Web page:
Good luck!

Rudy sin- barreras
Barked: Mon Nov 5, '07 2:50pm PST 
psh, you can still drink! Just not "out." My dog likes staying at the Mister's house when we are going to have some beers there. Just make sure the people you are around arent stupid and try to 'get the dog drunk.' Fortunately I've never surrounded myself with that type.
Herky (May- 17, 2007 - June 8,

Sweet Angel Pup,- Gone too Soon :(
Barked: Mon Nov 5, '07 3:30pm PST 
I am a grad student and have both Kinnick and Herky. Right now I am only in class maximum of 6 hours a day, and on those days my husband usually comes home to let them out over his lunch break from work. There are some definite challenges to balancing college and dogs. As others have said, participating in the social scene is definitely limited by being a responsible dog owner. But as others have said, I was never much of a partier anyway. Housing can be a challenge, but I am fortunate to live in a town that is fairly dog-friendly. I live in a townhouse complex that even converted the old tennis courts into a dog park! snoopy I also have the advantage of having a fellow classmate and very close friend and her husband living only 4 doors down. They also have 2 dogs, and we have exchanged house keys so that in an emergency we could let each other's dogs out.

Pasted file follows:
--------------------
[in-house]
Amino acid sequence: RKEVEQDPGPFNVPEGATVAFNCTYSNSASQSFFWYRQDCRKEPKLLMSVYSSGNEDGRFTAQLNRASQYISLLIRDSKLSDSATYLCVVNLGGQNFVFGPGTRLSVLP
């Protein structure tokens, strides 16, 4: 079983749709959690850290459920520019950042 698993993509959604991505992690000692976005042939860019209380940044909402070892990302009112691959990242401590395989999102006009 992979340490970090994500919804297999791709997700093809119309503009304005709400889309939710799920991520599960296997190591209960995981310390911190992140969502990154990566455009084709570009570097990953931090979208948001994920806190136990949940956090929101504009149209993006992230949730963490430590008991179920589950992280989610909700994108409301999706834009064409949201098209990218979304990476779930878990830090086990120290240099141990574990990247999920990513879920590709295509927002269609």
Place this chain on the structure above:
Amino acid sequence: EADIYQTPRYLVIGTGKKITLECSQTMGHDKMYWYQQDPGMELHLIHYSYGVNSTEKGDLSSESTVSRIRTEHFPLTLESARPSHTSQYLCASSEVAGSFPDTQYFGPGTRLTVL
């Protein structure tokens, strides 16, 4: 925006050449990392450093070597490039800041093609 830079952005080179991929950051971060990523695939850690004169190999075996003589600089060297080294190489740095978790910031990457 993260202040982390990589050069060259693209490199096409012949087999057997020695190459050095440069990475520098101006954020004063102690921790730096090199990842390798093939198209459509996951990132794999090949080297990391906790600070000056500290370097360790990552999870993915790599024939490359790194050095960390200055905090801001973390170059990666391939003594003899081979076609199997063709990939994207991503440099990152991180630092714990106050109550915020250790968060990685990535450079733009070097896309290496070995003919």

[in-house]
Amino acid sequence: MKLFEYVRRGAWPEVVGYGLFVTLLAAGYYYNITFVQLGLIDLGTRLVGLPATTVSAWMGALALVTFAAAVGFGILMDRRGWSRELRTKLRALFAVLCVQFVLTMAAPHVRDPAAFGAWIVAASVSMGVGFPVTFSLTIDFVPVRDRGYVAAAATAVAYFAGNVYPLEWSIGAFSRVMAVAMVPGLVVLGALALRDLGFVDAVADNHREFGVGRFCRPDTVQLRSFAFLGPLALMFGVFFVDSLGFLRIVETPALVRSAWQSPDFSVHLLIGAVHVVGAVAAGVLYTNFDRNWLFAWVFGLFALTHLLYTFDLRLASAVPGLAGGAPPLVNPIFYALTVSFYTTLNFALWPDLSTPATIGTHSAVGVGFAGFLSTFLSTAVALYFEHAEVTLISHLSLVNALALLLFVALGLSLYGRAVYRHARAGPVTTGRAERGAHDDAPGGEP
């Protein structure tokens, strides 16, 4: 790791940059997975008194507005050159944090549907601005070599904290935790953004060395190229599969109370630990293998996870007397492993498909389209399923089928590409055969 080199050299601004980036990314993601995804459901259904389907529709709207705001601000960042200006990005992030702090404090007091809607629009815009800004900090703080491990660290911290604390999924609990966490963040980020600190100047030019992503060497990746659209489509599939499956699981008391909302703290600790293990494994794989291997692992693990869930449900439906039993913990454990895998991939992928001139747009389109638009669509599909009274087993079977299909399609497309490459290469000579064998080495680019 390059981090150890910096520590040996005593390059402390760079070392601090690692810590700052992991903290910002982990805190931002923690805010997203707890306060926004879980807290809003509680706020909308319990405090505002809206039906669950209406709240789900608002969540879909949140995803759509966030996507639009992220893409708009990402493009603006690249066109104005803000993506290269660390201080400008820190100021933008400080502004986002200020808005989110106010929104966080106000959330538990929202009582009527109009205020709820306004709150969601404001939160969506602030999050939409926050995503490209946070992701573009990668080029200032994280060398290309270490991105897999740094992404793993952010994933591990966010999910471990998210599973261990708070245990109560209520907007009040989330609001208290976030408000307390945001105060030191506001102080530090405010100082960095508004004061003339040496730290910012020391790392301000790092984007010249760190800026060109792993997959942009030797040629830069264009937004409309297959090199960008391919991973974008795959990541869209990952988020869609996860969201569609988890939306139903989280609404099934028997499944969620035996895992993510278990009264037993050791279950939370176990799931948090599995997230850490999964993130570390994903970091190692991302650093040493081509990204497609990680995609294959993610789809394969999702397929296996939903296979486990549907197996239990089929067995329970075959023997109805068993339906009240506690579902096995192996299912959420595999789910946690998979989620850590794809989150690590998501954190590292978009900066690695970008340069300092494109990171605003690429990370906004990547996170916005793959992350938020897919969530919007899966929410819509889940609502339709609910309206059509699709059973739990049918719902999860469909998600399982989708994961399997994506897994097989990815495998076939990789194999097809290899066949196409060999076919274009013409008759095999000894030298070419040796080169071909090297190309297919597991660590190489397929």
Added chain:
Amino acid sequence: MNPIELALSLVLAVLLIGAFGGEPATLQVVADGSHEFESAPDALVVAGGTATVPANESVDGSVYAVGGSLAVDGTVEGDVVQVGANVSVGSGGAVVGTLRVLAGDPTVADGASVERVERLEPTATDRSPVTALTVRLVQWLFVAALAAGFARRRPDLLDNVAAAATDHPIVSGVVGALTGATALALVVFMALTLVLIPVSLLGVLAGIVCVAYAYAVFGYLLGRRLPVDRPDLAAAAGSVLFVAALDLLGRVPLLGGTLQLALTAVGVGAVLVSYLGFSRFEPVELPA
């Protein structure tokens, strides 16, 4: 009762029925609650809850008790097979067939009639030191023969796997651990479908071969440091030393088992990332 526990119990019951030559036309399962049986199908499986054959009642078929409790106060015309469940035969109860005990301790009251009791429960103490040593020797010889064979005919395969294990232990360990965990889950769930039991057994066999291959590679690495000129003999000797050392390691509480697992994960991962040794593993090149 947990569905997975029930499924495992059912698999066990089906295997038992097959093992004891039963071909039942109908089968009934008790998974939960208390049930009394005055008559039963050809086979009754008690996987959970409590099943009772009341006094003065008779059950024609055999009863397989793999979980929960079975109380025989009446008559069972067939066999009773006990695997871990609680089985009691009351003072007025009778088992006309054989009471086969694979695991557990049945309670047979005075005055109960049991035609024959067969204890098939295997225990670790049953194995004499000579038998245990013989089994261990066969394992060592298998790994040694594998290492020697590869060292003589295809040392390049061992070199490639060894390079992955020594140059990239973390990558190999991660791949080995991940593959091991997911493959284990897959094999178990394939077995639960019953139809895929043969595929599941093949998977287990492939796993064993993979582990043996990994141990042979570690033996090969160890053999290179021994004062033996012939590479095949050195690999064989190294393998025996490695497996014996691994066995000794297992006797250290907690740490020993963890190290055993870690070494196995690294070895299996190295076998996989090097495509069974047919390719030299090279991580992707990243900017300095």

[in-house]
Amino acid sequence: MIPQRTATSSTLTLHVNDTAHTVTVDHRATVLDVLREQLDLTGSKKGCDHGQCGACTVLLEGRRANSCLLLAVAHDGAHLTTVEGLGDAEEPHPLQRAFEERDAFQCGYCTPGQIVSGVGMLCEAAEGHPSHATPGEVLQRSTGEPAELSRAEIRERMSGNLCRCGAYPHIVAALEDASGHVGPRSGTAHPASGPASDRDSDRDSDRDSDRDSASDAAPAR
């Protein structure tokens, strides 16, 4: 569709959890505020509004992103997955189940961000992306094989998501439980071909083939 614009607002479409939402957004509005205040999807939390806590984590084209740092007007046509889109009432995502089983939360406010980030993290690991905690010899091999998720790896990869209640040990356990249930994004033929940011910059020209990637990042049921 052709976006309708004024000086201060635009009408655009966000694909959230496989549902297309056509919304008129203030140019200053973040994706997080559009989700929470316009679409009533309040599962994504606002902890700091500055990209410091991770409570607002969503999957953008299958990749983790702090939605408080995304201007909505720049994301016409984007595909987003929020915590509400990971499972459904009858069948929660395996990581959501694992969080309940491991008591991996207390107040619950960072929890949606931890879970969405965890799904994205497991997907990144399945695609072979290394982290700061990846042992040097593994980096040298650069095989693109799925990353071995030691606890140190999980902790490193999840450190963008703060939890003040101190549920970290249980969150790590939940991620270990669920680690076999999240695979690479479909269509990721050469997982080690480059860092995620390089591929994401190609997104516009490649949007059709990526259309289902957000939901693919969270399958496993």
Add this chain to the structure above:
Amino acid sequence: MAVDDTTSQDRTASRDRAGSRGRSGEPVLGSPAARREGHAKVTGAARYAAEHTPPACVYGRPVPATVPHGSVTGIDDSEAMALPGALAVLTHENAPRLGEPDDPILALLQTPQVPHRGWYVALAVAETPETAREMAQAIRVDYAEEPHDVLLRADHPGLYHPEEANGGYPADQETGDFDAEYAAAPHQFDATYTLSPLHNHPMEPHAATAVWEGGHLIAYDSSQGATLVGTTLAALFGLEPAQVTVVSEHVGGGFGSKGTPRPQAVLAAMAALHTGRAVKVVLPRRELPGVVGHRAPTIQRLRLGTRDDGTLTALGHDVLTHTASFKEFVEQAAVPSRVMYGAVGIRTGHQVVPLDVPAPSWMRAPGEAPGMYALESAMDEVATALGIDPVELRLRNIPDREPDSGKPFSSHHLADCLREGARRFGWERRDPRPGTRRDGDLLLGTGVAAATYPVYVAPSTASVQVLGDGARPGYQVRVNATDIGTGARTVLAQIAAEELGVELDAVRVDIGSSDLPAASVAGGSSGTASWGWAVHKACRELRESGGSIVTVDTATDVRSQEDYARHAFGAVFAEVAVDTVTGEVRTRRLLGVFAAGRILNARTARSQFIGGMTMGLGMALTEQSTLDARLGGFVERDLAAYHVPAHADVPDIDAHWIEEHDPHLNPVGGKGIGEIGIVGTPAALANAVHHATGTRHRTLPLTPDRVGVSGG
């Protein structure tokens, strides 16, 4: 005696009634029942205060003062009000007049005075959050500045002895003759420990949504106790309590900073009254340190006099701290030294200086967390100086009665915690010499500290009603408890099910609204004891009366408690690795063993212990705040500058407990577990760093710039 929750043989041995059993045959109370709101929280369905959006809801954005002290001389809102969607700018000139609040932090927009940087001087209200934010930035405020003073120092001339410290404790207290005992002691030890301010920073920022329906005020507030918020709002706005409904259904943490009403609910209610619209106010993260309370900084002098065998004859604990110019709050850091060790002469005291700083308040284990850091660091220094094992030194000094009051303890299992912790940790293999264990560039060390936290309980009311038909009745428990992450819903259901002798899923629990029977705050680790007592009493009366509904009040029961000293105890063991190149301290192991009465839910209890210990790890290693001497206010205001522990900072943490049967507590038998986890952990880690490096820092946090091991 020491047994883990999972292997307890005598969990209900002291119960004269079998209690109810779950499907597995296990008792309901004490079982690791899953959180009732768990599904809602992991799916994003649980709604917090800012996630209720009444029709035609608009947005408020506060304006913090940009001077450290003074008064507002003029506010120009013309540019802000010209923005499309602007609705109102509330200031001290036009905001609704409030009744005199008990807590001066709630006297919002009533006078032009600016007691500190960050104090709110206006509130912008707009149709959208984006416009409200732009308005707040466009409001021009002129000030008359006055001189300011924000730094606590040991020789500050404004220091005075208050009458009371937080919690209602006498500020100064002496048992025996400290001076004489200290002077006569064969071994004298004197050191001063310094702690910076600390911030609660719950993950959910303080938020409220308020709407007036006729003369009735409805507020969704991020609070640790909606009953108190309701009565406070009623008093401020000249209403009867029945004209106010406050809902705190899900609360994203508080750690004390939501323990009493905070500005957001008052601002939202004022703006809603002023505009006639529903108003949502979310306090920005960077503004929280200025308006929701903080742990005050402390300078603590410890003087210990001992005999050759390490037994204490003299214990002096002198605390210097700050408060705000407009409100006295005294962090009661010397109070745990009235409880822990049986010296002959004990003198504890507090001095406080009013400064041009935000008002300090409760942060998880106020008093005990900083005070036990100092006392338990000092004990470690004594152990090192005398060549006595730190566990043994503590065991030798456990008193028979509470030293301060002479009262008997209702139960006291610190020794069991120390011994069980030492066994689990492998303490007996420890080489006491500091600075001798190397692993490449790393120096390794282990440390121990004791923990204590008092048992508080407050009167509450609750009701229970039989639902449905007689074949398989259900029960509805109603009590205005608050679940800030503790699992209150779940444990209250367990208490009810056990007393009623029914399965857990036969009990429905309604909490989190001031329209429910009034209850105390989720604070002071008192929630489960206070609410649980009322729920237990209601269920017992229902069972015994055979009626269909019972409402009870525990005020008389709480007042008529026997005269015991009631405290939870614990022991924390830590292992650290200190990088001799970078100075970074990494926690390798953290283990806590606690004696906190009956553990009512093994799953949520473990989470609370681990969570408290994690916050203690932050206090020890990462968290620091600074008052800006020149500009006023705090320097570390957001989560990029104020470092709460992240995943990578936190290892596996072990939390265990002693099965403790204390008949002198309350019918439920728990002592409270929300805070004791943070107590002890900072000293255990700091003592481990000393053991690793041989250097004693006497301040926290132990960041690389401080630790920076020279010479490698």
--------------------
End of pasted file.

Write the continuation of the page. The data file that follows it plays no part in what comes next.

Something that is nice about going to college while owing dogs is the flexibility. When we first got Herky, it was over the summer after I had graduated undergrad and before starting grad school. I was quitting my job before grad school and moving a few states away, so I made this coincide with Herky's arrival. I was able to spend almost everyday with Herky until he was about 4 months old, and this really helped with the potty-training and bonding.

My take: do your research, know it is a long-term committment, and have a support system or emergency plan, but college and dogs are definitely do-able!